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Healey visits Western Mass. to see communities impacted by heavy rain, flooding

Massachusetts Governor Maura Healey in North Adams on July 12th, 2023, flanked by Mayor Jennifer Macksey on the left and State Senator Paul Mark on the right.
Josh Landes
Massachusetts Governor Maura Healey in North Adams on July 12th, 2023, flanked by Mayor Jennifer Macksey on the left and State Senator Paul Mark on the right.

Massachusetts Governor Maura Healey was in Western Massachusetts today to tour communities impacted by heavy rain and flooding.

The first-term Democrat joined North Adams Mayor Jennifer Macksey at the site of a sinkhole on Route 8 Wednesday morning for a review of the damage.

“The city of North Adams, along with many of our surrounding communities, took a heavy hit from Mother Nature," said Macksey. "The area that we're standing on, on the corner of Morgan and State Street, is one of many significant areas that were impacted. In this area, specifically, the manhole cover had failed, couldn't take in any more water and collapsed, flooding State Street. State Street is a main corridor in and out of the city, the crews worked around the clock to be able to get one lane open at least.”

The severity of the rain and subsequent flooding made North Adams one of the Massachusetts communities forced to declare a state of emergency.

With upwards of 20 streets washed out, countless overloaded culverts, and the city’s flood control system pushed to its limit, Macksey estimates that it will cost at least $2 million for the cleanup.

“Governor, we just need help," she told Healey. "We need help from the state and the federal level, not only to rebuild what we see today, but also to work on long term fixes throughout our community. And it's something that we've talked about. As all of you know, North Adams has an infrastructure crisis we've talked about for a long time. And we need resources put behind us to help us with that. ARPA money was great. But that just is the tip of the iceberg for just engineering for projects like this. I really feel strongly we need like five new stormwater systems throughout our community, similar to the project that we're doing on Mass Ave. But then, with the pressure on our system and our decaying infrastructure, we worry about the water and sewer lines.”

On Church Street, North Adams was forced to call in the gas company due to a line being blown out from the flooding. Healey told Macksey that the commonwealth would have the city’s back.

“This is emblematic of the serious issues we face around infrastructure," said the governor. "And know that we're going to work to try to find ways to provide assistance and support. I also just want residents to know that my heart goes out to those affected by this. It's really devastating. We know that there are folks who had to be rescued, some may or may not be able to get actually back into a livable housing situation that they that they once had. And that's really devastating.”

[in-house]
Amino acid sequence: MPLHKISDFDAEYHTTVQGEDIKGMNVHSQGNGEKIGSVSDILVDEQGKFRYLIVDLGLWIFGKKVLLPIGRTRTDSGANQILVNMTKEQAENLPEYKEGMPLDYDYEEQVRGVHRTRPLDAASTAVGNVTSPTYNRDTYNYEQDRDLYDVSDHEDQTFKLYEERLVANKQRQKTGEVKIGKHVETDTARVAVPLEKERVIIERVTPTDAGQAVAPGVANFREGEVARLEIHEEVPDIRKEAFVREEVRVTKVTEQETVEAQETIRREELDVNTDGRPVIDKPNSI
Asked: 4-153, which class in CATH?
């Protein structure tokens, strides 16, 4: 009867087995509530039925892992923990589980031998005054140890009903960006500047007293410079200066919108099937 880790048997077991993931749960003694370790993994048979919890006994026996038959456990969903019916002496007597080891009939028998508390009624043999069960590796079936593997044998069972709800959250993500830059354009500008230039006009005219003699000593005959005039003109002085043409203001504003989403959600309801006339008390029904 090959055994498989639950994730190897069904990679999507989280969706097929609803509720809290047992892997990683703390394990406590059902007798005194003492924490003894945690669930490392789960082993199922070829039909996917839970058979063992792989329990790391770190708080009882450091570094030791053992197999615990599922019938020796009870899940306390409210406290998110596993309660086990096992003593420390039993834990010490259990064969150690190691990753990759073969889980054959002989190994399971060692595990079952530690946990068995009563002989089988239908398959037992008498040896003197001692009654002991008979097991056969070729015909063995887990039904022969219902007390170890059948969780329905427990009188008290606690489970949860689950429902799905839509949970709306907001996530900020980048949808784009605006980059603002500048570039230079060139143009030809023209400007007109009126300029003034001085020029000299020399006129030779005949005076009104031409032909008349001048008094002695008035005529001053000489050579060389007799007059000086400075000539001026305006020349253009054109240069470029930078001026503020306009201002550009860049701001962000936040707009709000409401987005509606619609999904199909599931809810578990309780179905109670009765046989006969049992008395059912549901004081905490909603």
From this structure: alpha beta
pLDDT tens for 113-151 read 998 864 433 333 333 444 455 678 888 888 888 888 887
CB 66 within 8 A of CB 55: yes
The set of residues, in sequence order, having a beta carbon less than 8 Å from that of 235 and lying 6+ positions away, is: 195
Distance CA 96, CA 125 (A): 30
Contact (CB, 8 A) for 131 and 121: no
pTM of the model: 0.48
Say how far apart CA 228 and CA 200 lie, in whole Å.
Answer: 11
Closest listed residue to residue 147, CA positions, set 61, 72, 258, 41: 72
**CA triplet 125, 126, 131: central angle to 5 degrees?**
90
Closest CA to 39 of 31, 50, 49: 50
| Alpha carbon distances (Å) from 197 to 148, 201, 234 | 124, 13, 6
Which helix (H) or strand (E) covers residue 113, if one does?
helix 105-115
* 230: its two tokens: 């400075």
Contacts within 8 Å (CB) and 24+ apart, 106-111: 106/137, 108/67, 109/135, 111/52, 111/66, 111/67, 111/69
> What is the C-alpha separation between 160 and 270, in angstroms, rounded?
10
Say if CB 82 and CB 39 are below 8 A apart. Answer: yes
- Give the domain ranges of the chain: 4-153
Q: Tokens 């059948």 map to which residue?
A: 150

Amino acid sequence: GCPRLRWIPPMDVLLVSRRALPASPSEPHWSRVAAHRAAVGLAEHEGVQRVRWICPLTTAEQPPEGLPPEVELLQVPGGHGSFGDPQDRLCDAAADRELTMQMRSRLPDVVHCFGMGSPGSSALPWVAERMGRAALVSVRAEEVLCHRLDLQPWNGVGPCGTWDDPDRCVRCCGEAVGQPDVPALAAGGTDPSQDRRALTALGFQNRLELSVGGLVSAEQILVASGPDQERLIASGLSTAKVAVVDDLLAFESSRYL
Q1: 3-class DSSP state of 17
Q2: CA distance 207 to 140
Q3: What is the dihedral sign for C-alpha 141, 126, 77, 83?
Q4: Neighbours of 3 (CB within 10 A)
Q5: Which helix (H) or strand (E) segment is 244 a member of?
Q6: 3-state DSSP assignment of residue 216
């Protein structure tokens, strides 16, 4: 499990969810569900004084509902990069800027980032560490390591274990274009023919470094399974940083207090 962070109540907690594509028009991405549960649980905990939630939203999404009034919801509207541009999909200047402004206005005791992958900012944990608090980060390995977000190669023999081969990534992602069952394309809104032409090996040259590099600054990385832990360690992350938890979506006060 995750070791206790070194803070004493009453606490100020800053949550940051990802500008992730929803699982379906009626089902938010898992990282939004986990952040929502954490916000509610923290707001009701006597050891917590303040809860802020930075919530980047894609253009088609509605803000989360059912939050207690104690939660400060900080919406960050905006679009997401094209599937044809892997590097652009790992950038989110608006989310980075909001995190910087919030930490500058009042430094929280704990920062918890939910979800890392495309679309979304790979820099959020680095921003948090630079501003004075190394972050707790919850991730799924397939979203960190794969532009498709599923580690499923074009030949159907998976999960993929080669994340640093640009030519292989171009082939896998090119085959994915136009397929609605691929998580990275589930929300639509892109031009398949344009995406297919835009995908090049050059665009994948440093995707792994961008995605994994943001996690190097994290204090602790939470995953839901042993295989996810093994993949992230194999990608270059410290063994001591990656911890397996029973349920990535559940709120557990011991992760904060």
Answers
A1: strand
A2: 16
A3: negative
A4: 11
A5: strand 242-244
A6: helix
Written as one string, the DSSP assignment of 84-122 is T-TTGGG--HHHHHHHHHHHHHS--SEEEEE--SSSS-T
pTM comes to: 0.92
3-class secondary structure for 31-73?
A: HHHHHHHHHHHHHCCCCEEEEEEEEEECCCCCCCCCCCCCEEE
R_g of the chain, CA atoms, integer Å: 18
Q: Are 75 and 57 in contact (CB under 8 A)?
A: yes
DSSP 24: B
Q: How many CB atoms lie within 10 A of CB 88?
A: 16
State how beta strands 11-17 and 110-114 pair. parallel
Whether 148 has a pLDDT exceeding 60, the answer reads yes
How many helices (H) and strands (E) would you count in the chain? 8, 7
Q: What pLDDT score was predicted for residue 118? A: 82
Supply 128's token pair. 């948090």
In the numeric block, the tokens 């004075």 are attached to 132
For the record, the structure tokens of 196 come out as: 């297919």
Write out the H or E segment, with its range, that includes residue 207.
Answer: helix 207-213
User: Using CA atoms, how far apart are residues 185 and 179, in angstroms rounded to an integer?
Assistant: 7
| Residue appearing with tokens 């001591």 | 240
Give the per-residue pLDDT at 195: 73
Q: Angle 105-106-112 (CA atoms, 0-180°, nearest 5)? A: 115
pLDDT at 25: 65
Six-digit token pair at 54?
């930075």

Earlier in the day, Healey and her team visited Williamburg and other Pioneer Valley communities closer to the Connecticut River.

“They've also experienced significant flooding, real, real problems for our crops, which are flooded in many parts right now in Western Massachusetts," said Healey. "The point about infrastructure is really something that we take seriously. We understand when you have aging and old infrastructure and then you have an incident, it really compounds things. And so, we need to find a way to work together to get the relief done.”

Healey says it’s too soon to tell if the damage to Massachusetts communities rises to the level of federal assistance, which is the case in neighboring Vermont. The governor declined to estimate when asked how much money the state would allocate to the cleanup.

“I'm not going to make any calls or judgments on that now," Healey said. "I want to see what the numbers are, we want to understand the devastation and what we need to do. And, you know, I'm committed to working to try to find ways to make sure that we meet the moment and meet the need. But right now, we're just in the initial stages of getting our arms around that and what an assessment might look like.”

Macksey, who said the heavy rain has led to water issues in areas that North Adams has never had to address before, issued an ultimatum to city residents.

“If you see water in your basement, don't hesitate to call," said the mayor. "Please reach out to us. We are deploying sandbags to houses that have had repetitive problems. And I hope with our next rainstorm, we can slow it down, the water, a little bit. But if you see something, please say something call into our dispatch, call into our office. Don't hesitate, because the sooner we can stay ahead of things.”

Healey’s visit to survey storm damage is in contrast with a happier trip she made to North Adams in January just after taking office, when she announced a bill seeking almost $1 billion in bond authorization for housing and economic development.

Josh Landes has been WAMC's Berkshire Bureau Chief since February 2018, following stints at WBGO Newark and WFMU East Orange. A passionate advocate for Western Massachusetts, Landes was raised in Pittsfield and attended Hampshire College in Amherst, receiving his bachelor's in Ethnomusicology and Radio Production. His free time is spent with his cat Harry, experimental electronic music, and exploring the woods.
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